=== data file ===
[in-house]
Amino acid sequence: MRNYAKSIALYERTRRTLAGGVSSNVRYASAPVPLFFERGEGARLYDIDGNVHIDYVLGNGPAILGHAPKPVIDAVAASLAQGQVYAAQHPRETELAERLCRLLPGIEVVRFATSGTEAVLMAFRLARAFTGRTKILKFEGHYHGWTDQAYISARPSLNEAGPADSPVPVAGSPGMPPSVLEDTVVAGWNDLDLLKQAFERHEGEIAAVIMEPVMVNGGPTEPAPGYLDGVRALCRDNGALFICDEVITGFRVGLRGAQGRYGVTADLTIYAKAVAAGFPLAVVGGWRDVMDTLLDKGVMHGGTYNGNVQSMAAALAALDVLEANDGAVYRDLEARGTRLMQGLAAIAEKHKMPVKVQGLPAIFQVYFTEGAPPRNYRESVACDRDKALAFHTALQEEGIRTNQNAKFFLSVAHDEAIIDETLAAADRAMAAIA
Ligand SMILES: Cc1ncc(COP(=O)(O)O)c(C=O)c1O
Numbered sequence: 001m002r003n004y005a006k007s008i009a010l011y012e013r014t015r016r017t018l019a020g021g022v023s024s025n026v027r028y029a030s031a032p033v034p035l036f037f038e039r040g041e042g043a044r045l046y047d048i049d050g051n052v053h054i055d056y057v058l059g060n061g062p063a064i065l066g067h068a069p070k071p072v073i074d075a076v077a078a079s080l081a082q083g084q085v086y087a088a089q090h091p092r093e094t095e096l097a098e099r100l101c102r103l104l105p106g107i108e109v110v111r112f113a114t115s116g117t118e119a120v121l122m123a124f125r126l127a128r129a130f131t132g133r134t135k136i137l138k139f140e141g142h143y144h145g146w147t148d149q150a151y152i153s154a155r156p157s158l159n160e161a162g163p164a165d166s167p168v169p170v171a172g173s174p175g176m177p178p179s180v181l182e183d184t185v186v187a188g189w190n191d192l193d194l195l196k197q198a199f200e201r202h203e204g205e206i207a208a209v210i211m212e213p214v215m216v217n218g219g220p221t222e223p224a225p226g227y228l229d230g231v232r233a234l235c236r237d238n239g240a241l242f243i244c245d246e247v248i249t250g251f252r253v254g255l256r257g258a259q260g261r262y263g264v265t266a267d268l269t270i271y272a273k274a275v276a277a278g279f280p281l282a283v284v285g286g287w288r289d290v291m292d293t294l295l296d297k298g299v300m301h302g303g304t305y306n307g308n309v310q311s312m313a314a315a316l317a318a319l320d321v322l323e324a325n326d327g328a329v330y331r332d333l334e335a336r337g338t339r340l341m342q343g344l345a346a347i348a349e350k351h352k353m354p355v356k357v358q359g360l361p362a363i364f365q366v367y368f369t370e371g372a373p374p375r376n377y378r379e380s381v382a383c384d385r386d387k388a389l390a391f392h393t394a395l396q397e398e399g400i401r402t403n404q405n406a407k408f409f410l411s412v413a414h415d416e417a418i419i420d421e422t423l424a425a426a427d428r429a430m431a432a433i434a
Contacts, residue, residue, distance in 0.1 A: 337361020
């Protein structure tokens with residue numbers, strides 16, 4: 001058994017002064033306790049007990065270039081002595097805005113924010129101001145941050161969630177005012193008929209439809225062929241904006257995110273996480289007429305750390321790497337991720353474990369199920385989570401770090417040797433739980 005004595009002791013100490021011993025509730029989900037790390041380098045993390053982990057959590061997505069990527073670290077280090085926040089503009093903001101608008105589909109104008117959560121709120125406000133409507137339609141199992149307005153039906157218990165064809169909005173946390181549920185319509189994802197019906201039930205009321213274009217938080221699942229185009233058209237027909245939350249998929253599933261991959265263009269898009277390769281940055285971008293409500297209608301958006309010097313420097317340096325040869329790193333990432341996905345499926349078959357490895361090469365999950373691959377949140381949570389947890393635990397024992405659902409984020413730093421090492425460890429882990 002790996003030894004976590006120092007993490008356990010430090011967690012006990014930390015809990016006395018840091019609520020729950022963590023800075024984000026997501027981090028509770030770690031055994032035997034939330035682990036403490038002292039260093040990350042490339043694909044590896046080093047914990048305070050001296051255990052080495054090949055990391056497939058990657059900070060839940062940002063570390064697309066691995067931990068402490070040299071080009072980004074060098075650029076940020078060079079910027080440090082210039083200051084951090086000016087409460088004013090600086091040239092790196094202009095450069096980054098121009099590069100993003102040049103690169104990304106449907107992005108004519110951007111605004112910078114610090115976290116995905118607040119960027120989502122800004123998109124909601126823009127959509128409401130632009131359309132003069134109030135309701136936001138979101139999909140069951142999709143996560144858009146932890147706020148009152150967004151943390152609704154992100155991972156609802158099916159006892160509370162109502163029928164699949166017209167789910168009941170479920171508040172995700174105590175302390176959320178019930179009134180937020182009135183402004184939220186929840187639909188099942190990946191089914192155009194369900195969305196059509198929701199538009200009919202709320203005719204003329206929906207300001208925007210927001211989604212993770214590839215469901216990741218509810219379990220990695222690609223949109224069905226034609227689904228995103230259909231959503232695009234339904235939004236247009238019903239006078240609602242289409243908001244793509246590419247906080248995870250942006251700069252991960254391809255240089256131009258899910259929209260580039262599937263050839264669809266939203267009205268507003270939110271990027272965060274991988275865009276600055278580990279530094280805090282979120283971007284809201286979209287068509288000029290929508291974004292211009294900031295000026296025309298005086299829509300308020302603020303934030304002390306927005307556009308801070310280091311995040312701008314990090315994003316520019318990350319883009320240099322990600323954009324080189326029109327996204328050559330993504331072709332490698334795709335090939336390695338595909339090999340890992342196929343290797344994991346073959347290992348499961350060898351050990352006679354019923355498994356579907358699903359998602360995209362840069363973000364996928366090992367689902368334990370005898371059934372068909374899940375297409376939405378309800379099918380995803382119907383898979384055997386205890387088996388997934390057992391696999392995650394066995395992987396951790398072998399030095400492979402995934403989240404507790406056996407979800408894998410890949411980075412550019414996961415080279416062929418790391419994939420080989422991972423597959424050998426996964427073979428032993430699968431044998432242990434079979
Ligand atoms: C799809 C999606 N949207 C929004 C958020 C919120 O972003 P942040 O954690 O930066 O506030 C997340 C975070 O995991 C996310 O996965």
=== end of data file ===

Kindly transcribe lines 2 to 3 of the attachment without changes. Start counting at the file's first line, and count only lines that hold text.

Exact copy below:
Amino acid sequence: MRNYAKSIALYERTRRTLAGGVSSNVRYASAPVPLFFERGEGARLYDIDGNVHIDYVLGNGPAILGHAPKPVIDAVAASLAQGQVYAAQHPRETELAERLCRLLPGIEVVRFATSGTEAVLMAFRLARAFTGRTKILKFEGHYHGWTDQAYISARPSLNEAGPADSPVPVAGSPGMPPSVLEDTVVAGWNDLDLLKQAFERHEGEIAAVIMEPVMVNGGPTEPAPGYLDGVRALCRDNGALFICDEVITGFRVGLRGAQGRYGVTADLTIYAKAVAAGFPLAVVGGWRDVMDTLLDKGVMHGGTYNGNVQSMAAALAALDVLEANDGAVYRDLEARGTRLMQGLAAIAEKHKMPVKVQGLPAIFQVYFTEGAPPRNYRESVACDRDKALAFHTALQEEGIRTNQNAKFFLSVAHDEAIIDETLAAADRAMAAIA
Ligand SMILES: Cc1ncc(COP(=O)(O)O)c(C=O)c1O